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Hu, Obama meet on bilateral ties
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Chinese President Hu Jintao (R) meets his US counterpart Barack Obama in New York, the United States, Sept. 22, 2009. [Ju Peng/Xinhua] 

Hu put forward four propositions on furthering bilateral ties.

First, he said, the two countries should maintain close top-level exchanges. He said he is looking forward to Obama's visit to China in November and that he is convinced the visit will be a success through joint efforts of both sides.

Secondly, the two sides should strive to do a good job in completing the follow-up work of the first China-US Strategic and Economic Dialogue held in July. Hu said the two sides should join hands to further promote exchanges and cooperation in combating the international financial crisis and in such areas as trade and economy, anti-terrorism, nuclear non-proliferation, law enforcement, energy, environment and culture.

Thirdly, Hu said the two countries should deepen coordination and cooperation on major regional and international issues. He said the two countries should push for a proper resolution to the regional issues relating to the Korean Peninsula, Iran and South Asia. Both sides should strengthen communications and coordination on the global issues of climate change, food security, global nuclear security and epidemic diseases, Hu said.

Fourthly, Hu said the two countries should step up cultural and people-to-people exchanges. The two sides should boost their cooperation in such areas as personnel exchanges, training of talents and language learning in efforts to consolidate the social basis of bilateral ties.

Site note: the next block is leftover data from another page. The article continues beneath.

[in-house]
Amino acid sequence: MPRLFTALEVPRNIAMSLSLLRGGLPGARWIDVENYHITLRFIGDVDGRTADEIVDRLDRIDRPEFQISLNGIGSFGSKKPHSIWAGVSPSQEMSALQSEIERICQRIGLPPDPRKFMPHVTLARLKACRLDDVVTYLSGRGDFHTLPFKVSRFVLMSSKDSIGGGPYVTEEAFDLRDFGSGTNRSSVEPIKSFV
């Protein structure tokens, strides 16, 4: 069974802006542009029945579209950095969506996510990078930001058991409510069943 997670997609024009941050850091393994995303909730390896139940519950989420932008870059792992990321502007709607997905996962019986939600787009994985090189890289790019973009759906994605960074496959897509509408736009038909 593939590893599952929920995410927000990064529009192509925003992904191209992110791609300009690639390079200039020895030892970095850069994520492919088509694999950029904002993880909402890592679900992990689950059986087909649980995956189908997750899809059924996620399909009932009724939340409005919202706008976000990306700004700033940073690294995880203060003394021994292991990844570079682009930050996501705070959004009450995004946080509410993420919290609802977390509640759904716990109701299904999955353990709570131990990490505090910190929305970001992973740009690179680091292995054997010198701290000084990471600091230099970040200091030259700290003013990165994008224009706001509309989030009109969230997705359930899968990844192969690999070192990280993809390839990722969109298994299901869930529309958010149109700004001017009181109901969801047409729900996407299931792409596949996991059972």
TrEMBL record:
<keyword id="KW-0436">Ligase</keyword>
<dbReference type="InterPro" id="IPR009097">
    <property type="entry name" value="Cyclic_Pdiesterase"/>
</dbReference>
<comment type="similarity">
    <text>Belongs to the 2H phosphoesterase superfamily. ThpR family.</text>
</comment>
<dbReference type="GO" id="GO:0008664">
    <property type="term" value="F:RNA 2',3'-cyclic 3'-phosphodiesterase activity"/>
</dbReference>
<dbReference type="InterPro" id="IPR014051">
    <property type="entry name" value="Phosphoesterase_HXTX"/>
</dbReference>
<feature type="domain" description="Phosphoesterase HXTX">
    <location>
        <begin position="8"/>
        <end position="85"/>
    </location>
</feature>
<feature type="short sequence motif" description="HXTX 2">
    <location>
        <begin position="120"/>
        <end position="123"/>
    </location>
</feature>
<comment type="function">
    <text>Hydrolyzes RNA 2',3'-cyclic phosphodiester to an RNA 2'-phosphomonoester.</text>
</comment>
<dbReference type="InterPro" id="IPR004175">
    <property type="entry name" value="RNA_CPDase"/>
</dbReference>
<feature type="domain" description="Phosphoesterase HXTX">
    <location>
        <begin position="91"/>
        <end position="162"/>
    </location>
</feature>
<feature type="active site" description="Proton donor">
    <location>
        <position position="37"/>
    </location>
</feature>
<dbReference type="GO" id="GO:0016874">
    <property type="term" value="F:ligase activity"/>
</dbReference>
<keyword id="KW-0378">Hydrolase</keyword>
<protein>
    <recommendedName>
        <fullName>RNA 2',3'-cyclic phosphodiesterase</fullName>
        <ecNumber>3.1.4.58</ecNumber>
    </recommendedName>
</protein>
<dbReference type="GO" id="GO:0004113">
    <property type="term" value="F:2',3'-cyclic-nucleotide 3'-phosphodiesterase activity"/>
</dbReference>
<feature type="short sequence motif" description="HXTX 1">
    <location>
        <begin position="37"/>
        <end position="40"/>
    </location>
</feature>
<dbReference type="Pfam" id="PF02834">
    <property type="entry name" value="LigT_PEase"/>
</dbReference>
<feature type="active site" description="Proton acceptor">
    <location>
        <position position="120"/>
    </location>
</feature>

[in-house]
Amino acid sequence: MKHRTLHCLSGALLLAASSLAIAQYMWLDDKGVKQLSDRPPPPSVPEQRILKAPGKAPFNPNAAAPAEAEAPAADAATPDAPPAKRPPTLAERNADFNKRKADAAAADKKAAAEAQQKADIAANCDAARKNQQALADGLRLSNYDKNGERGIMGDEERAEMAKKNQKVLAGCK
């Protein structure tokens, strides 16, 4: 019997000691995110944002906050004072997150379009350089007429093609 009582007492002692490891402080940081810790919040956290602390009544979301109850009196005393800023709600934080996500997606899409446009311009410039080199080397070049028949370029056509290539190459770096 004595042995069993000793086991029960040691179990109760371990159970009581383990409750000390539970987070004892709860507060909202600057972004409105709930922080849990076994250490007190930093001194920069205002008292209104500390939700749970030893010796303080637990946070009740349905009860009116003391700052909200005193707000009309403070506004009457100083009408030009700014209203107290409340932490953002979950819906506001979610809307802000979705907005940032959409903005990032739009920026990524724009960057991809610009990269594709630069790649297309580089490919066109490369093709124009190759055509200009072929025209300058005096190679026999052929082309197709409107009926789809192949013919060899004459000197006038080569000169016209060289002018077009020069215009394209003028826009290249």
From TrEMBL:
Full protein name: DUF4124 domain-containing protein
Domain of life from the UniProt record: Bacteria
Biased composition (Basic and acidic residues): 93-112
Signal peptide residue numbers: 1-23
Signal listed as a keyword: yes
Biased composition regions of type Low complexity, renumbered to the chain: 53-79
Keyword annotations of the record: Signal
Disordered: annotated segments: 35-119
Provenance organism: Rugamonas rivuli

Noting the importance of expanding bilateral cultural exchanges, Obama said both governments should lend full support to people-to-people exchanges between the two countries.

Meanwhile, Hu emphasized that the two sides should respect and take care of each other's interests and concerns. He said issues related to Taiwan, Tibet and Xinjiang concern China's sovereignty and territorial integrity and national sentiment of the 1.3 billion Chinese people.

China attaches importance to the US side's reiteration of its commitment to adhering to the one-China policy and abiding by the three joint communiques, the Chinese president said. Hu expressed the wish that the US side would take real action to support the peaceful development of relations across the Taiwan Straits.

China appreciates the United States for its recognition of Tibet as a part of China and its stance on opposing "Tibet independence," Hu said. He expressed the hope that the US side would understand and respect China's concern on issues related to Tibet.

Hu also said the "July 5" riot in Urumqi, capital of China's Xinjiang Uygur Autonomous Region, is a serious, violent and criminal incident plotted and organized by the "three forces" from within and outside China. The president said he hopes the US understands and supports the measures that China has adopted to fight violent terrorist crimes, safeguard national unification and maintain social stability.